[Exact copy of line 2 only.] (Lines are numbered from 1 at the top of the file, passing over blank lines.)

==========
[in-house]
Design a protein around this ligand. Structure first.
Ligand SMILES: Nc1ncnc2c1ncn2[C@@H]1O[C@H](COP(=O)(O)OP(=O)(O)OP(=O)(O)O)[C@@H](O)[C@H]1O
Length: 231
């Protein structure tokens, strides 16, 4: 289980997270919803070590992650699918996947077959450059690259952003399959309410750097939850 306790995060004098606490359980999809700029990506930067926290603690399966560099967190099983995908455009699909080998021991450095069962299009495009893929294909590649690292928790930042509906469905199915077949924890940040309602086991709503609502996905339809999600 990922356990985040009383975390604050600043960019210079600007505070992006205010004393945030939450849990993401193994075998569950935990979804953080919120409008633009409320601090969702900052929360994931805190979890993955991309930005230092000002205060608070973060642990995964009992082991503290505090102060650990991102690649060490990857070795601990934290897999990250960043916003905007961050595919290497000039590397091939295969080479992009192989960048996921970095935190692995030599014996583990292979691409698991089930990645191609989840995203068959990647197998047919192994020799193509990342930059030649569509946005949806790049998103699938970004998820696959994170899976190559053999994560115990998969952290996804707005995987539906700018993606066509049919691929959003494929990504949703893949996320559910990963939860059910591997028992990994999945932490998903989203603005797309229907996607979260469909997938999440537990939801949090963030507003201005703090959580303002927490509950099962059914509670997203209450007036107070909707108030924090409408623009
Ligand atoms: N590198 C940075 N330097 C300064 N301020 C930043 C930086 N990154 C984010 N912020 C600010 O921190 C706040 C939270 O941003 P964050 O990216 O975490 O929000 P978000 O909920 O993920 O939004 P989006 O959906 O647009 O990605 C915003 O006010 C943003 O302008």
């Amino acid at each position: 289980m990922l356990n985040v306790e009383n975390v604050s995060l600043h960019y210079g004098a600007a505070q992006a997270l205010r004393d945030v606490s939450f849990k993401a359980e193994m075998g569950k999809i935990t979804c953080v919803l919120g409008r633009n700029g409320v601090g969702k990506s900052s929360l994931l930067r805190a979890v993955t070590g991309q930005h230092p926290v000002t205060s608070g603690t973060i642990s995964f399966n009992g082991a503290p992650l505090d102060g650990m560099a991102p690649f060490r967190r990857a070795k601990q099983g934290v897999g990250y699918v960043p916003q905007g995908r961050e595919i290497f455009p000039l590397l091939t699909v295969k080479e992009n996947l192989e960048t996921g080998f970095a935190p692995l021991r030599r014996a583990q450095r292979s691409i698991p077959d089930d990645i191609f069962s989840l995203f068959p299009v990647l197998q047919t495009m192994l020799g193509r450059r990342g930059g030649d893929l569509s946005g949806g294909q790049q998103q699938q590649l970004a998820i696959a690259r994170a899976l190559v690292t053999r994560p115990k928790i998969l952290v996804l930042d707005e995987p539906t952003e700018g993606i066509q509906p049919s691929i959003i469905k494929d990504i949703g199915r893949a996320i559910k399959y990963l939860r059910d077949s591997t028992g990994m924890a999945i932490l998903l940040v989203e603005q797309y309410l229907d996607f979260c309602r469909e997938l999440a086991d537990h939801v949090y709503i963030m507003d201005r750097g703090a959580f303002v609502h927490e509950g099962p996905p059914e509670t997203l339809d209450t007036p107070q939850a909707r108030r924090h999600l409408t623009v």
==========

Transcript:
Design a protein around this ligand. Structure first.